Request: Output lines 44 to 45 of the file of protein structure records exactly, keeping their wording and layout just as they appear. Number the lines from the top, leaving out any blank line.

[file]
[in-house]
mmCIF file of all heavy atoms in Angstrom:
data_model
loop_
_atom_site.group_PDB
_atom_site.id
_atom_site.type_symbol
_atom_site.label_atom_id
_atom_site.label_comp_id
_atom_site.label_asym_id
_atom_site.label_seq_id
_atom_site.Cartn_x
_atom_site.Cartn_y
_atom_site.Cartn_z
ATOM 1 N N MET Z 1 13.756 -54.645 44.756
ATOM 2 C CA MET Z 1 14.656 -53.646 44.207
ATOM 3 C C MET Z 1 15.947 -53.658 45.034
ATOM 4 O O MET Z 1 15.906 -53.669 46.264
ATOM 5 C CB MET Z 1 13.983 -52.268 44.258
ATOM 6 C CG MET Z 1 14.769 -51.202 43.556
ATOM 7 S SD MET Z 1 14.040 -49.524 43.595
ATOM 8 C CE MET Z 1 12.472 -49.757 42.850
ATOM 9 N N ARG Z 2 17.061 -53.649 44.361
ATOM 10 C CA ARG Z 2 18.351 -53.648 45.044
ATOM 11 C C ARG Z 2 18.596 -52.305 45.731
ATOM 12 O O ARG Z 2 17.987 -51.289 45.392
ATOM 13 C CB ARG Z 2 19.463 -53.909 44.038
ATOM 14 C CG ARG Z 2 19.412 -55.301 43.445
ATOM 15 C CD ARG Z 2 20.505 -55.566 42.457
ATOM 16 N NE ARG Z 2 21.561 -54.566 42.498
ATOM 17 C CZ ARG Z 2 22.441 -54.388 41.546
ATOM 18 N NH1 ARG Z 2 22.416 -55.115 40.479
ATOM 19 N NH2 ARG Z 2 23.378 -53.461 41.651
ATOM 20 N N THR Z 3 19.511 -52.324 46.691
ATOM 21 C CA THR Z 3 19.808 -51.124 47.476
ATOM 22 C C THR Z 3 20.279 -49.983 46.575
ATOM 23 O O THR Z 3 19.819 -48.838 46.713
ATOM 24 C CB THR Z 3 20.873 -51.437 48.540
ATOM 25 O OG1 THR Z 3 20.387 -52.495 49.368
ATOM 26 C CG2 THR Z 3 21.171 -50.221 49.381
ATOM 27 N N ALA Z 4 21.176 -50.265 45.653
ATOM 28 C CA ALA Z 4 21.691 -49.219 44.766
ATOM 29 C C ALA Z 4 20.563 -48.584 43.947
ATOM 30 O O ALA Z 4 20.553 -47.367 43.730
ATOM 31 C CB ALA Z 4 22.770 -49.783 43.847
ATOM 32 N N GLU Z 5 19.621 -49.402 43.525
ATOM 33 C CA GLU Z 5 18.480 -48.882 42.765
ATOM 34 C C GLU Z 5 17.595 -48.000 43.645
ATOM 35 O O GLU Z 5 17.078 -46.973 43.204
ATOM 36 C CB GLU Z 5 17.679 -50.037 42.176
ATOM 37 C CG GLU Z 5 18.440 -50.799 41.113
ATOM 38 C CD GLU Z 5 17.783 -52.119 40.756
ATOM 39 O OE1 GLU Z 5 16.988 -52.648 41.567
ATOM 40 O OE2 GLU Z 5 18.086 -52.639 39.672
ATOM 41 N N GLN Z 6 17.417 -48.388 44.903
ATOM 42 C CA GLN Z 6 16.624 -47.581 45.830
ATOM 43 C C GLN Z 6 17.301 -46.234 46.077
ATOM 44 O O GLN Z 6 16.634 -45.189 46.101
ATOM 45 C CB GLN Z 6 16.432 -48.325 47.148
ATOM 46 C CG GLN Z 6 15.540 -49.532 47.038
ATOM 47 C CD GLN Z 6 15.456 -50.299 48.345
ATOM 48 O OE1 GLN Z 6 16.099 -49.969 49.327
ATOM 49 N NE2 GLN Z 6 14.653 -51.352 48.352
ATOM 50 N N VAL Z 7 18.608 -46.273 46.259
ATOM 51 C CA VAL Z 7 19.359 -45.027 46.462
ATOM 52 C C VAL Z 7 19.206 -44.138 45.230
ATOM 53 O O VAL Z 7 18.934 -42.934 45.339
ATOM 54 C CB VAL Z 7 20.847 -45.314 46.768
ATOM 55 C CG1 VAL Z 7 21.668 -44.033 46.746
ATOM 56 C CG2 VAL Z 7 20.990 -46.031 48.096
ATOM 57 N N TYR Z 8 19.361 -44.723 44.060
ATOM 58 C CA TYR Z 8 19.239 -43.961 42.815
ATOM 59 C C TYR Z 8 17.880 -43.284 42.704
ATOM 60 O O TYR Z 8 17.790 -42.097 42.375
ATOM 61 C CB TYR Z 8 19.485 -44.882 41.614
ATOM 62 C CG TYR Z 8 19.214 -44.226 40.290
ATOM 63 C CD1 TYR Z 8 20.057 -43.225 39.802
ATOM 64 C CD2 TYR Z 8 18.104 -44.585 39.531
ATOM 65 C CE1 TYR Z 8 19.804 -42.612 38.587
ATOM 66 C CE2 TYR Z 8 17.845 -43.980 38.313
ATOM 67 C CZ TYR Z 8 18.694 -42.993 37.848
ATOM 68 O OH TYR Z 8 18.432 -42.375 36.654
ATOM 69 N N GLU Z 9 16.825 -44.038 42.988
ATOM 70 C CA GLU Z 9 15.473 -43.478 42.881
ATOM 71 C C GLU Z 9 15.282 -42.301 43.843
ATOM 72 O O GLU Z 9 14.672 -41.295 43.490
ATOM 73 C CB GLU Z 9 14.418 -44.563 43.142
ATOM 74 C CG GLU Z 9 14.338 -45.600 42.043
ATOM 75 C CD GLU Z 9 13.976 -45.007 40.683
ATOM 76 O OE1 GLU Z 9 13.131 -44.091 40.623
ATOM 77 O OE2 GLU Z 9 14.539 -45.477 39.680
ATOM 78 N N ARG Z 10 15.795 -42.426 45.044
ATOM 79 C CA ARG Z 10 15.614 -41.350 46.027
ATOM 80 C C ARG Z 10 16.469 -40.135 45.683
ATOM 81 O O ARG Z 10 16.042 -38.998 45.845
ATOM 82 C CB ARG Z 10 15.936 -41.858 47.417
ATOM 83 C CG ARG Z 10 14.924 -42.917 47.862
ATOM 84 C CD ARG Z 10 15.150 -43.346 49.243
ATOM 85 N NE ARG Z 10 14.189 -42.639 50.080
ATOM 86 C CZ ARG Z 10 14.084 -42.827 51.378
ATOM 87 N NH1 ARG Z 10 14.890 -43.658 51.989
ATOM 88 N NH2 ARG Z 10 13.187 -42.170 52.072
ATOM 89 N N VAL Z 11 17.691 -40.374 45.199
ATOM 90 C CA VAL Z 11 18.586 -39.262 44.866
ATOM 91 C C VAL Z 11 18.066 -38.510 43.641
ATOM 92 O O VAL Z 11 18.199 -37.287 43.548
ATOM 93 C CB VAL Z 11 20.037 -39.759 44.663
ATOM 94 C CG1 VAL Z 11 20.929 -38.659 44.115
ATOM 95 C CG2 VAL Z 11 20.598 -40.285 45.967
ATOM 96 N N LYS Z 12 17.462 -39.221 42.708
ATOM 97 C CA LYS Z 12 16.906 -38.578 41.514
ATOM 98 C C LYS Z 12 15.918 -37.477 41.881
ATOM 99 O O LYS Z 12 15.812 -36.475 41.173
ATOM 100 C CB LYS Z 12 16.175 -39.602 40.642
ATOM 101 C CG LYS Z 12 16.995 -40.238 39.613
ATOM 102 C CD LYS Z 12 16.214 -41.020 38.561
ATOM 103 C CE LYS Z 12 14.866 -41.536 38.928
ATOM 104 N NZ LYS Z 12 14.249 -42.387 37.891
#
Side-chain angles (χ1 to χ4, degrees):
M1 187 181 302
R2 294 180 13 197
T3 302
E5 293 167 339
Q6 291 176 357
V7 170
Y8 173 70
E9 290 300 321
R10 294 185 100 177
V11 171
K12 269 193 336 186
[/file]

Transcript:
ATOM 30 O O ALA Z 4 20.553 -47.367 43.730
ATOM 31 C CB ALA Z 4 22.770 -49.783 43.847